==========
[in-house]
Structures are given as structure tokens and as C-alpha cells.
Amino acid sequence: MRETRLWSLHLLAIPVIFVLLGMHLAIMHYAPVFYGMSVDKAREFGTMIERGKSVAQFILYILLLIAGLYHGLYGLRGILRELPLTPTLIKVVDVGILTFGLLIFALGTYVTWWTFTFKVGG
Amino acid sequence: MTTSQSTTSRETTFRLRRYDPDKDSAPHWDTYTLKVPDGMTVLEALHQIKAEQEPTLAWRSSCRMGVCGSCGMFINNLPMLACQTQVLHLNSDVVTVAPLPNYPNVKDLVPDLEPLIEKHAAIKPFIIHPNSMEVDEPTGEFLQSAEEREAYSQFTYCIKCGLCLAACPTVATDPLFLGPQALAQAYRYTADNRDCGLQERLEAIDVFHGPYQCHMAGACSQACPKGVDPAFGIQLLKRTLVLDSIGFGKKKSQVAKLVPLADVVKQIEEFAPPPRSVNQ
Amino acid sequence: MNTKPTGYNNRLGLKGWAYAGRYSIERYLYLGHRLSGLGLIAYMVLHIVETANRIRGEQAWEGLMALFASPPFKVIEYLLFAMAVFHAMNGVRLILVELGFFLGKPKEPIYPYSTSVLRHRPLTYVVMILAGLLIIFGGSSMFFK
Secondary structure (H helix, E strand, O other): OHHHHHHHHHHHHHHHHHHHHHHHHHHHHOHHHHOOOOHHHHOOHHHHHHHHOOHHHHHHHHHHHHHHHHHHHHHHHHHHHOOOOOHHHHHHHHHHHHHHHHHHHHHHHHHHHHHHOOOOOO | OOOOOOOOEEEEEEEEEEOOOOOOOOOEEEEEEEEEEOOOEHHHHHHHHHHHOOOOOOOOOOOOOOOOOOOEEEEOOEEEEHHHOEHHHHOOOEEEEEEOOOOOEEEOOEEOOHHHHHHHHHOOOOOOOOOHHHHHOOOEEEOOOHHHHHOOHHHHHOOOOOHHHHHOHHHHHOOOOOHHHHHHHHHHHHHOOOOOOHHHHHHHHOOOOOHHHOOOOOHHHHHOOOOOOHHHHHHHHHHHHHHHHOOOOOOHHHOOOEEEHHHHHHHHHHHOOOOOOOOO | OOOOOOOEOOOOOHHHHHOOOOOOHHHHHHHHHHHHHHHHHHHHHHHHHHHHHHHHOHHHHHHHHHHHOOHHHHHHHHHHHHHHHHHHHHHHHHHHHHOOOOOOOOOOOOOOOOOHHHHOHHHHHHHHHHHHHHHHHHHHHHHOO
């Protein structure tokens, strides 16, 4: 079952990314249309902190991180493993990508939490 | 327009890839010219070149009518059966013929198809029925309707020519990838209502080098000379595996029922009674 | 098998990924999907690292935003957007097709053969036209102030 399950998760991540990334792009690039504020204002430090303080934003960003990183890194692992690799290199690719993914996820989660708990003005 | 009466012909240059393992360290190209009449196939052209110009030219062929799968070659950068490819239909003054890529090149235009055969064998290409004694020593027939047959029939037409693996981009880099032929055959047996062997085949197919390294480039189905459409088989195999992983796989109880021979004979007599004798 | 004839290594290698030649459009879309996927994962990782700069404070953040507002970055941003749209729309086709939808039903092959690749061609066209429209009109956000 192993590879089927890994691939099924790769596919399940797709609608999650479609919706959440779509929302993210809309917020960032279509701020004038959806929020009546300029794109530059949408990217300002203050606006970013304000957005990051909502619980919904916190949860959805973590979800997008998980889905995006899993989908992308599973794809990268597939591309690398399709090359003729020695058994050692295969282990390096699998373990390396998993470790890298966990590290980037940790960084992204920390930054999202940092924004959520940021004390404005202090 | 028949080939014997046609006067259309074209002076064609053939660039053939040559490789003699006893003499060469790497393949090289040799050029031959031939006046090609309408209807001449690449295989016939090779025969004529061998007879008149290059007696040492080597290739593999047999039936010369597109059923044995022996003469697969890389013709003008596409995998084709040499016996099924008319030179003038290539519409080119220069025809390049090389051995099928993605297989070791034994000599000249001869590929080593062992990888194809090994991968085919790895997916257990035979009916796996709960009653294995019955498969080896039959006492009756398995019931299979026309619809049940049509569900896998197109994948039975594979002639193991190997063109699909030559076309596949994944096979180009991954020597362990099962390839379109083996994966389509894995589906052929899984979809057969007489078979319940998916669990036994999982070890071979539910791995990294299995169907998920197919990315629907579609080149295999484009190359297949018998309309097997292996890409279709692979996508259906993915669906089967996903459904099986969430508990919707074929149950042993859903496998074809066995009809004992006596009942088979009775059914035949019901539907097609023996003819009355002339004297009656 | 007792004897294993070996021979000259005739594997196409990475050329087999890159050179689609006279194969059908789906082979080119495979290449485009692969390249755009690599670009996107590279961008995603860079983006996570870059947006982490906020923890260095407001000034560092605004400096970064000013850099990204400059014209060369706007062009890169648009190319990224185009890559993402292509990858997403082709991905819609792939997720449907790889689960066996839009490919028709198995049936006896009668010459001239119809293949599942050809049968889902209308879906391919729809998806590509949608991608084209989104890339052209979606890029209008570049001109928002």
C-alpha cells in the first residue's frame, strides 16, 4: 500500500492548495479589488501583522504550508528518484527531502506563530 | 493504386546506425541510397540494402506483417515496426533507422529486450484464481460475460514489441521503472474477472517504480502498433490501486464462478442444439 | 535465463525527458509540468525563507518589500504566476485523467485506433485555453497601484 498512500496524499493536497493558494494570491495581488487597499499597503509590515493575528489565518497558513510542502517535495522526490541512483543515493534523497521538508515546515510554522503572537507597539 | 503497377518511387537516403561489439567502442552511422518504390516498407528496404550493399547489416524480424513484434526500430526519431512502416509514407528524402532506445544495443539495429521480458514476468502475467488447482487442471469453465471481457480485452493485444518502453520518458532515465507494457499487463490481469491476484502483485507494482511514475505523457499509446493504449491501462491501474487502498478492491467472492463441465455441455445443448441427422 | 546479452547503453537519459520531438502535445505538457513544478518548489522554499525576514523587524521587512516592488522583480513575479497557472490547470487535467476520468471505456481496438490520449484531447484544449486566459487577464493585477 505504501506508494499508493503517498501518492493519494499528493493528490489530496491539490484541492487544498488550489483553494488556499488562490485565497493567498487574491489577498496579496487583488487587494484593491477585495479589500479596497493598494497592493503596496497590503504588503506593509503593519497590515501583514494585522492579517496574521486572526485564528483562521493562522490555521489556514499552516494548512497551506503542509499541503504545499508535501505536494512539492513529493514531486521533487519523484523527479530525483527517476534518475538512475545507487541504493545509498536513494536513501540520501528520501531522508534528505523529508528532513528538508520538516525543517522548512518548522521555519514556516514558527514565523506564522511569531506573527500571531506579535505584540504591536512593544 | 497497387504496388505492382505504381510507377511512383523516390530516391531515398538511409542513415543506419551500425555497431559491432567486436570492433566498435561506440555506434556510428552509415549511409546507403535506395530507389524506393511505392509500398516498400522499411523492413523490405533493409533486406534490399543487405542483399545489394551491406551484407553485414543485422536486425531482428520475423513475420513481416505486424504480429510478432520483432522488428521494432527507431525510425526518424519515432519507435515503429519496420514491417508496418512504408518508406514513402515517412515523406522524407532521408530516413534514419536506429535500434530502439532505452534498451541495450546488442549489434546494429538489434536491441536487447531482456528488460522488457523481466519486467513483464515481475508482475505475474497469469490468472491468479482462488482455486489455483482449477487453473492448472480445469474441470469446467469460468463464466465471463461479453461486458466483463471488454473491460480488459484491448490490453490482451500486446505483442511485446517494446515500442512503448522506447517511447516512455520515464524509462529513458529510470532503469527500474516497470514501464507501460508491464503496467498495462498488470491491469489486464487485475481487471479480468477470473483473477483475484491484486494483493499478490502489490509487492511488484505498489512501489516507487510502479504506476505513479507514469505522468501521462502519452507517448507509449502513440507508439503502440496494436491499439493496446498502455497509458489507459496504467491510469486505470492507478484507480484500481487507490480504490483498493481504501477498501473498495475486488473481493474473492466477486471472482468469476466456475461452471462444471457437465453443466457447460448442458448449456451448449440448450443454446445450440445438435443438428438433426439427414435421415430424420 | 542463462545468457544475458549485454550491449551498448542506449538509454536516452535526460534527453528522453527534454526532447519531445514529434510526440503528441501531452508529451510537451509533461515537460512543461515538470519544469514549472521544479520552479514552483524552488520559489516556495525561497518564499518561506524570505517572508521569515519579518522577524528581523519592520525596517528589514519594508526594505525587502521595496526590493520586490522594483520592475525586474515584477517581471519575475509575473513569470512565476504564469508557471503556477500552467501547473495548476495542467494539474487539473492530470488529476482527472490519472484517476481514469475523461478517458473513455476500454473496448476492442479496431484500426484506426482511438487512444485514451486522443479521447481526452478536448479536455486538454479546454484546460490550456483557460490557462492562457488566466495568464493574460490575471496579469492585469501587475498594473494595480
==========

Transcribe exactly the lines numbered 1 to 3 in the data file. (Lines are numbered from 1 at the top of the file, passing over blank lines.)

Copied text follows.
[in-house]
Structures are given as structure tokens and as C-alpha cells.
Amino acid sequence: MRETRLWSLHLLAIPVIFVLLGMHLAIMHYAPVFYGMSVDKAREFGTMIERGKSVAQFILYILLLIAGLYHGLYGLRGILRELPLTPTLIKVVDVGILTFGLLIFALGTYVTWWTFTFKVGG